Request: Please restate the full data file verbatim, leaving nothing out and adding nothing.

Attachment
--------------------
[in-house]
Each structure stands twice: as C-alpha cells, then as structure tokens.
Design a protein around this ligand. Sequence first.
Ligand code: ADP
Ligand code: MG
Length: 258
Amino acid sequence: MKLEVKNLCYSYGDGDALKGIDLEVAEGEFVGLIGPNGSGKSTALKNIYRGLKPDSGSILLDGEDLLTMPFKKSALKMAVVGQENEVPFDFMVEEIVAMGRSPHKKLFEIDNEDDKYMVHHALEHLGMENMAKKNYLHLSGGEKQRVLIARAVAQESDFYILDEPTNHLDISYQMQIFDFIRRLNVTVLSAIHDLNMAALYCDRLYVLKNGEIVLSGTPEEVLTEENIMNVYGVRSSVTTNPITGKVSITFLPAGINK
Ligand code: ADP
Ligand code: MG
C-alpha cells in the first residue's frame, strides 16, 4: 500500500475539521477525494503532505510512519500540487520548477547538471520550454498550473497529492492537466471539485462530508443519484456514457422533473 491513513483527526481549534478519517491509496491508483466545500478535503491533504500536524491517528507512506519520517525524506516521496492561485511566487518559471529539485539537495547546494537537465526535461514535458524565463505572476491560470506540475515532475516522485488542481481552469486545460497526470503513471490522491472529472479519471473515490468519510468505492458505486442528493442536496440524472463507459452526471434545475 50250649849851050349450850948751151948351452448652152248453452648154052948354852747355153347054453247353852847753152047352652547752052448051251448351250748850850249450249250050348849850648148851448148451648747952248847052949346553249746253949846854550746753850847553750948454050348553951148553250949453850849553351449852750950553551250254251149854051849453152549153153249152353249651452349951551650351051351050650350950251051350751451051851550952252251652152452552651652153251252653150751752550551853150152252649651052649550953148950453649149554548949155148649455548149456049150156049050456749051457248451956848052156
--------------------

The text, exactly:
[in-house]
Each structure stands twice: as C-alpha cells, then as structure tokens.
Design a protein around this ligand. Sequence first.
Ligand code: ADP
Ligand code: MG
Length: 258
Amino acid sequence: MKLEVKNLCYSYGDGDALKGIDLEVAEGEFVGLIGPNGSGKSTALKNIYRGLKPDSGSILLDGEDLLTMPFKKSALKMAVVGQENEVPFDFMVEEIVAMGRSPHKKLFEIDNEDDKYMVHHALEHLGMENMAKKNYLHLSGGEKQRVLIARAVAQESDFYILDEPTNHLDISYQMQIFDFIRRLNVTVLSAIHDLNMAALYCDRLYVLKNGEIVLSGTPEEVLTEENIMNVYGVRSSVTTNPITGKVSITFLPAGINK
Ligand code: ADP
Ligand code: MG
C-alpha cells in the first residue's frame, strides 16, 4: 500500500475539521477525494503532505510512519500540487520548477547538471520550454498550473497529492492537466471539485462530508443519484456514457422533473 491513513483527526481549534478519517491509496491508483466545500478535503491533504500536524491517528507512506519520517525524506516521496492561485511566487518559471529539485539537495547546494537537465526535461514535458524565463505572476491560470506540475515532475516522485488542481481552469486545460497526470503513471490522491472529472479519471473515490468519510468505492458505486442528493442536496440524472463507459452526471434545475 50250649849851050349450850948751151948351452448652152248453452648154052948354852747355153347054453247353852847753152047352652547752052448051251448351250748850850249450249250050348849850648148851448148451648747952248847052949346553249746253949846854550746753850847553750948454050348553951148553250949453850849553351449852750950553551250254251149854051849453152549153153249152353249651452349951551650351051351050650350950251051350751451051851550952252251652152452552651652153251252653150751752550551853150152252649651052649550953148950453649149554548949155148649455548149456049150156049050456749051457248451956848052156